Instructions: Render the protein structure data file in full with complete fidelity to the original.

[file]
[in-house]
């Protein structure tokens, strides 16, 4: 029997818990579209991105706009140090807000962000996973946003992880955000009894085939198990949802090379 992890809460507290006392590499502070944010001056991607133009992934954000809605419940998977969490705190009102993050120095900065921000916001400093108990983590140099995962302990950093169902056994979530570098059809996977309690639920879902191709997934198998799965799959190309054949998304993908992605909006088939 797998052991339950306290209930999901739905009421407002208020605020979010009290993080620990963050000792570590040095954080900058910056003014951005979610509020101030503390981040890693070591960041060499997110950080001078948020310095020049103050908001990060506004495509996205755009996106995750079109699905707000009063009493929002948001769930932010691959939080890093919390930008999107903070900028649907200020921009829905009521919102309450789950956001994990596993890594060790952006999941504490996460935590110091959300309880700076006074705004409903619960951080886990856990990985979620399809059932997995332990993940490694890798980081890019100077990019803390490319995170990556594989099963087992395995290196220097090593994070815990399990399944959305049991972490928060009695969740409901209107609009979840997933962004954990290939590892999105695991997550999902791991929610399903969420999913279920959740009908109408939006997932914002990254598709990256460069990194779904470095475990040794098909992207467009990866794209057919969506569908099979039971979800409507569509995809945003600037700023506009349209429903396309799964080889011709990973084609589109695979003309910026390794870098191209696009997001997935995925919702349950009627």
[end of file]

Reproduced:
[in-house]
């Protein structure tokens, strides 16, 4: 029997818990579209991105706009140090807000962000996973946003992880955000009894085939198990949802090379 992890809460507290006392590499502070944010001056991607133009992934954000809605419940998977969490705190009102993050120095900065921000916001400093108990983590140099995962302990950093169902056994979530570098059809996977309690639920879902191709997934198998799965799959190309054949998304993908992605909006088939 797998052991339950306290209930999901739905009421407002208020605020979010009290993080620990963050000792570590040095954080900058910056003014951005979610509020101030503390981040890693070591960041060499997110950080001078948020310095020049103050908001990060506004495509996205755009996106995750079109699905707000009063009493929002948001769930932010691959939080890093919390930008999107903070900028649907200020921009829905009521919102309450789950956001994990596993890594060790952006999941504490996460935590110091959300309880700076006074705004409903619960951080886990856990990985979620399809059932997995332990993940490694890798980081890019100077990019803390490319995170990556594989099963087992395995290196220097090593994070815990399990399944959305049991972490928060009695969740409901209107609009979840997933962004954990290939590892999105695991997550999902791991929610399903969420999913279920959740009908109408939006997932914002990254598709990256460069990194779904470095475990040794098909992207467009990866794209057919969506569908099979039971979800409507569509995809945003600037700023506009349209429903396309799964080889011709990973084609589109695979003309910026390794870098191209696009997001997935995925919702349950009627």